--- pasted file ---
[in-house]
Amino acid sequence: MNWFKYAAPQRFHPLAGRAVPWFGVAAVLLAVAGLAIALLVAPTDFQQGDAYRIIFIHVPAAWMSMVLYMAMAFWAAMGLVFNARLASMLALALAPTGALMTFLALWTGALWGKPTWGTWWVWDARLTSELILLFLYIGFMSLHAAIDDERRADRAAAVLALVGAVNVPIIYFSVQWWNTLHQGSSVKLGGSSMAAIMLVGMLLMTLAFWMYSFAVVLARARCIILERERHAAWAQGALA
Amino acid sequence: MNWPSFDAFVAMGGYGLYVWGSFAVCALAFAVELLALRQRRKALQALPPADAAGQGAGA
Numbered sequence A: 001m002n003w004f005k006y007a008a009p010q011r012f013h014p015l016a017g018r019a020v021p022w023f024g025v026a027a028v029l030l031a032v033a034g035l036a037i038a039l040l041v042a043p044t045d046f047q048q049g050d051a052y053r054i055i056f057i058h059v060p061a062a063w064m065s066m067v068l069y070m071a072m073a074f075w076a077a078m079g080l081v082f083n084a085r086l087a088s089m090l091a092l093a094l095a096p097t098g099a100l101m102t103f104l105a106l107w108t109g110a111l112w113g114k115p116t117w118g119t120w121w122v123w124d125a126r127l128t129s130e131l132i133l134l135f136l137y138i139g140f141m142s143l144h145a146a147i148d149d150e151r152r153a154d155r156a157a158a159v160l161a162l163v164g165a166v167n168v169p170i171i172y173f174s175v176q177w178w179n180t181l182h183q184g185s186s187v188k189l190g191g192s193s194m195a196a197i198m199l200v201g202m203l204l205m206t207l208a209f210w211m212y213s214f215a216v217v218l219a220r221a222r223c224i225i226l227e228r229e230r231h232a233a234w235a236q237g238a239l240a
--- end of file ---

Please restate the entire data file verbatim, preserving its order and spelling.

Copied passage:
[in-house]
Amino acid sequence: MNWFKYAAPQRFHPLAGRAVPWFGVAAVLLAVAGLAIALLVAPTDFQQGDAYRIIFIHVPAAWMSMVLYMAMAFWAAMGLVFNARLASMLALALAPTGALMTFLALWTGALWGKPTWGTWWVWDARLTSELILLFLYIGFMSLHAAIDDERRADRAAAVLALVGAVNVPIIYFSVQWWNTLHQGSSVKLGGSSMAAIMLVGMLLMTLAFWMYSFAVVLARARCIILERERHAAWAQGALA
Amino acid sequence: MNWPSFDAFVAMGGYGLYVWGSFAVCALAFAVELLALRQRRKALQALPPADAAGQGAGA
Numbered sequence A: 001m002n003w004f005k006y007a008a009p010q011r012f013h014p015l016a017g018r019a020v021p022w023f024g025v026a027a028v029l030l031a032v033a034g035l036a037i038a039l040l041v042a043p044t045d046f047q048q049g050d051a052y053r054i055i056f057i058h059v060p061a062a063w064m065s066m067v068l069y070m071a072m073a074f075w076a077a078m079g080l081v082f083n084a085r086l087a088s089m090l091a092l093a094l095a096p097t098g099a100l101m102t103f104l105a106l107w108t109g110a111l112w113g114k115p116t117w118g119t120w121w122v123w124d125a126r127l128t129s130e131l132i133l134l135f136l137y138i139g140f141m142s143l144h145a146a147i148d149d150e151r152r153a154d155r156a157a158a159v160l161a162l163v164g165a166v167n168v169p170i171i172y173f174s175v176q177w178w179n180t181l182h183q184g185s186s187v188k189l190g191g192s193s194m195a196a197i198m199l200v201g202m203l204l205m206t207l208a209f210w211m212y213s214f215a216v217v218l219a220r221a222r223c224i225i226l227e228r229e230r231h232a233a234w235a236q237g238a239l240a